This device makes it possible to control digital model trains with Apple iOS- or Google Android-devices.
After a long waiting time, finally the first sets of Z21 arrived last week in Singapore and we could borrow one from the local distributor, Singapore Railways. If you believe some of the German forum comments, the initial wave of this new digital control, which started to appear in August 2012 at selected dealers in Central Europe, is already sold out.
Well, nevertheless it finally found its way to Singapore and we have it here in front of us and want to share our first impressions with you.
The packaging comes very solid and leaves a good first impression.
The systems comes in two parts: A standard wireless router from TP-Link, which has been preconfigured and the Z21 itself with a static IP-address.
The system is designed as plug and play. There is a DIN A5 manual with different languages included and a DIN A4 quick start leaflet.
You basically unpack now everything, connect the cables according to the pictures of the guide, connect your phone/ tablet to the router and download the free app [we had an iPhone for testing] [search for “z21 mobile”] like shown in the quick guide. Make sure that your previous power supply is NOT connected anymore to the track.
Before you put a digital loco for the first time, make sure that the right voltage is selected for the track. Depending on your system, this can be done astonishing easily via your phone/ tablet. Under “Z21-settings” you are able to select the voltage via numeric input for main and programming track separately. The selectable range is from 11 to 23 Volts; the default setting is 18 [main] and 16 Volts [programming].
From Z-, N-, TT-, H0, 0, 1 to G-scale, the perfect adjustment is therefore possible. After confirmation the new voltage is set. We checked each time with a digital multimeter and it was perfectly allright. Gone are the times, where you had to buy an additonal physical voltage-reducer for small scales.
Take now your phone/ tablet and go to “Settings”, “Locomotives” and select “Add New Loco” at the bottom.
On the next page you can give a name, eg “class 10” and address number, eg 10. The button “Modify Functions” allows you to define available functions [eg light, sound etc] for your loco.
You would need your loco-manual for function overview to do it properly.
Change now to “Control Panel” and select your loco.
We didn’t face any difficulties to setup and run our first loco via iPhone. The system is really made for non-technical guys and the accompanying manuals come with good explanations and a quality print. Our second impression was also perfect.
Now we went a bit deeper and attached a “multiMaus” from Roco to one of the X-Bus-plugs at the front. Selecting the address from our loco … voila, it worked.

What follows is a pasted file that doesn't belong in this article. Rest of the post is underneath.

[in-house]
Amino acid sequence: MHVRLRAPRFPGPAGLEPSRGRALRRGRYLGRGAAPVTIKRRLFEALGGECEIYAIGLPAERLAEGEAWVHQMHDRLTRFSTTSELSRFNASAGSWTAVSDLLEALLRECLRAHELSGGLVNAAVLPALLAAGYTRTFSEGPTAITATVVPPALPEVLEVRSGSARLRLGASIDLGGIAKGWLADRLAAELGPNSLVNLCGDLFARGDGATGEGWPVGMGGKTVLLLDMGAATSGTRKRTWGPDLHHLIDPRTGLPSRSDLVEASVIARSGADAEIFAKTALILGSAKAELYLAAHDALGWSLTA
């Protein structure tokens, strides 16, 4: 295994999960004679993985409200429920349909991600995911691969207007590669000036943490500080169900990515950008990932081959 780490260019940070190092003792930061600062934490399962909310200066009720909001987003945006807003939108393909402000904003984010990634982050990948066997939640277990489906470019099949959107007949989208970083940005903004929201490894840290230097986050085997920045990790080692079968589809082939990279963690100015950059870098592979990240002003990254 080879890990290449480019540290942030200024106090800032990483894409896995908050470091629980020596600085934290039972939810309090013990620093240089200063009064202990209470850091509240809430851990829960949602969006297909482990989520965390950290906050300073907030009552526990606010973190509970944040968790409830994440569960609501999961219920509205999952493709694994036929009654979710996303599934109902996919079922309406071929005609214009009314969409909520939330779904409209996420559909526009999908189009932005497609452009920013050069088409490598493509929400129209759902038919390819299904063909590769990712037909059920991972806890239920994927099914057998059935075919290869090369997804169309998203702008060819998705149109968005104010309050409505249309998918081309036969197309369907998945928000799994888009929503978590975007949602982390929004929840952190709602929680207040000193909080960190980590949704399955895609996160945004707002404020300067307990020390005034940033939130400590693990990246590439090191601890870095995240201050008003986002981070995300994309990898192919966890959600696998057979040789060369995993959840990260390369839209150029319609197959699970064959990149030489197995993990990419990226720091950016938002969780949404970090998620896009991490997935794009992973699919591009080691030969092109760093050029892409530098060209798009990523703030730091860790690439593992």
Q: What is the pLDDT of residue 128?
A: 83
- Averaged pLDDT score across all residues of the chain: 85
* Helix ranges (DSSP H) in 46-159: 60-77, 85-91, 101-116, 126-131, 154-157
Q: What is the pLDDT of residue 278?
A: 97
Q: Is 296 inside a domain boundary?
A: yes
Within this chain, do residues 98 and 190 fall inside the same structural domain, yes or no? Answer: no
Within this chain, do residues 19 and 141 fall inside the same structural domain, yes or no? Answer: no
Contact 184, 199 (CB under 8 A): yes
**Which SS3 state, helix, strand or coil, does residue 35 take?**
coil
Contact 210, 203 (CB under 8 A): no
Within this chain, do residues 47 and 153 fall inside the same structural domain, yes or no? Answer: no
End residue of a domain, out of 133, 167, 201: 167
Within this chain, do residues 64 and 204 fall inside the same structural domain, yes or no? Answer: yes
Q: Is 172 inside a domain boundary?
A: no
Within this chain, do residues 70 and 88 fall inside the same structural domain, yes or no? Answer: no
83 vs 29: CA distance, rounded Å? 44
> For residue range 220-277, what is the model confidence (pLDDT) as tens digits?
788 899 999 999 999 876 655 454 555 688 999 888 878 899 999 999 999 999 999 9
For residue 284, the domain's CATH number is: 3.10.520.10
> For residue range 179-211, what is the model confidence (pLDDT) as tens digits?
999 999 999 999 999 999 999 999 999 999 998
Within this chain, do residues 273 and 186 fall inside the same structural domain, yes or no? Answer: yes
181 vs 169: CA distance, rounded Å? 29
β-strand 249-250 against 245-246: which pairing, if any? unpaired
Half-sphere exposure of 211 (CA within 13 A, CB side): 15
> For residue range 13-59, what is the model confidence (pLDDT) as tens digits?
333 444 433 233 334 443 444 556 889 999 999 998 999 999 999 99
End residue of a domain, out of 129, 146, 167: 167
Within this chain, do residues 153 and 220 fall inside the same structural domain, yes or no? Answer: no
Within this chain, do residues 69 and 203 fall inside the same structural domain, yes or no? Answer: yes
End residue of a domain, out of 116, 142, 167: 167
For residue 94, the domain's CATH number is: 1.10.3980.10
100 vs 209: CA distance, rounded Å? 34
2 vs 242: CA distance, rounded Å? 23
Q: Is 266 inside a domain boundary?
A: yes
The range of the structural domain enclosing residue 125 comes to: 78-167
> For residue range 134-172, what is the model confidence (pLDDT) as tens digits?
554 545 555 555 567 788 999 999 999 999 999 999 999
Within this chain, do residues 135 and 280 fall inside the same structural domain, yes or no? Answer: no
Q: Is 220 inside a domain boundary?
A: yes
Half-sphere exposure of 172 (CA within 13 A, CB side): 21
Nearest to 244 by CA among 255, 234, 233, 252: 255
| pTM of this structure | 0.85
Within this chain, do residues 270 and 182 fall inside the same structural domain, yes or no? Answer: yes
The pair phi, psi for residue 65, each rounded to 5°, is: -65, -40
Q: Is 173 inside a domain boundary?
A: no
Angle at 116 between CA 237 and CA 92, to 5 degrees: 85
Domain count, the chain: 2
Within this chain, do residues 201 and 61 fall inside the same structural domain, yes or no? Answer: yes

The next cool thing, we noticed, was the bidirectional visualisation of parameter changes: Eg if you control loco-speed, direction, functions with MultiMaus and your colleague has on his iPhone selected the same loco, he can see on his display your speed changes etc. A third buddy with another device [we tried with a 2nd iPhone] has also the realtime settings on his display. Each of the three can any time control the loco and the others can see the changes on their displays, cool stuff.
We tried now very special things, which normal users usually don’t apply. It was stated as a feature that you are able to upgrade firmware on selected digital decoders [the chip, which is built into a loco to enable digital functions]. Well we searched and tried, but without hope; this is currently not implemented [we used iOS app-version 1.0.8].
We also tried to change CV-values [configuration value] via MultiMaus; Z21 went into a kind of hanging state. We had to reset Z21 by pressing the main-button twice. Well, the programming can of course be done from iPhone either.
What we didn’t try yet is the “sniffer bus”. You are able to connect here the output of an existing digital command; Z21 would merge any commands here to its own data stream.
For tablet-devices there are also “driver-cabin”-views available; but currently only for Taurus/ class 182.
It will be also possible in future to let a PC or notebook communicate via the router with Z21. Currently there is unfortunately no software available to do so. There seems to be plans to work together with selected manufacturers of train controlling software. One unconfirmed date of availabilty of the first compatible software is 2nd quarter 2013.
Conclusion: A highly interesting piece of technology, which makes control of model trains much easier and cheaper than ever before, bundled with lots of plugs for interconnections with other systems and open for future developments.
Train fans, who just want to do the basic tasks and use their already existing gadgets are perfectly served.
However, professionals who want to do special configurations and setups might be disappointed for the one or other currently missing function. They will have to wait for upcoming feature upgrades.
Firmware upgrades of Z21 itself can also be done easily via iOS/ Android device. The good thing is that we can expect tons of new interesting features in future, which will add value to our current machine.
We will continue testing and keep you informed 😉
Available now in Singapore at Singapore Railways.
Manufacturers website: www.z21.eu.